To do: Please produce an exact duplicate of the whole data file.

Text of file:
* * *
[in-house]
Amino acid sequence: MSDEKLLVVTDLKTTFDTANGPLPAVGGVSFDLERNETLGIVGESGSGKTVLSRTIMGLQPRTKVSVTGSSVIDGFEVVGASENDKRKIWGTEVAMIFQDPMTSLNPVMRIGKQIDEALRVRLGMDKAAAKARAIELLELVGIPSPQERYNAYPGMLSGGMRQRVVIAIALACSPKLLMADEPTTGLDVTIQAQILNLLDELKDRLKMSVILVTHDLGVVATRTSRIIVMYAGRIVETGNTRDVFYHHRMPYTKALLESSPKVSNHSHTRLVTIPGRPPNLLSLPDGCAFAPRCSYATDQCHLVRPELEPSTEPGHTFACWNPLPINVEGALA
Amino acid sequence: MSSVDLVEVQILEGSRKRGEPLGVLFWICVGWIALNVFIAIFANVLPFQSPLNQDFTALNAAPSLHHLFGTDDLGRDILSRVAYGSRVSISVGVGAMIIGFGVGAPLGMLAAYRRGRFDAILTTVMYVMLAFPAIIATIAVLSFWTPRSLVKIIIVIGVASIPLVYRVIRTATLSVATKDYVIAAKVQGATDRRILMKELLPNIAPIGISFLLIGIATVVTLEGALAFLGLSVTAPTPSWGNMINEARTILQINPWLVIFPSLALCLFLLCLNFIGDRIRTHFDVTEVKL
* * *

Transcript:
[in-house]
Amino acid sequence: MSDEKLLVVTDLKTTFDTANGPLPAVGGVSFDLERNETLGIVGESGSGKTVLSRTIMGLQPRTKVSVTGSSVIDGFEVVGASENDKRKIWGTEVAMIFQDPMTSLNPVMRIGKQIDEALRVRLGMDKAAAKARAIELLELVGIPSPQERYNAYPGMLSGGMRQRVVIAIALACSPKLLMADEPTTGLDVTIQAQILNLLDELKDRLKMSVILVTHDLGVVATRTSRIIVMYAGRIVETGNTRDVFYHHRMPYTKALLESSPKVSNHSHTRLVTIPGRPPNLLSLPDGCAFAPRCSYATDQCHLVRPELEPSTEPGHTFACWNPLPINVEGALA
Amino acid sequence: MSSVDLVEVQILEGSRKRGEPLGVLFWICVGWIALNVFIAIFANVLPFQSPLNQDFTALNAAPSLHHLFGTDDLGRDILSRVAYGSRVSISVGVGAMIIGFGVGAPLGMLAAYRRGRFDAILTTVMYVMLAFPAIIATIAVLSFWTPRSLVKIIIVIGVASIPLVYRVIRTATLSVATKDYVIAAKVQGATDRRILMKELLPNIAPIGISFLLIGIATVVTLEGALAFLGLSVTAPTPSWGNMINEARTILQINPWLVIFPSLALCLFLLCLNFIGDRIRTHFDVTEVKL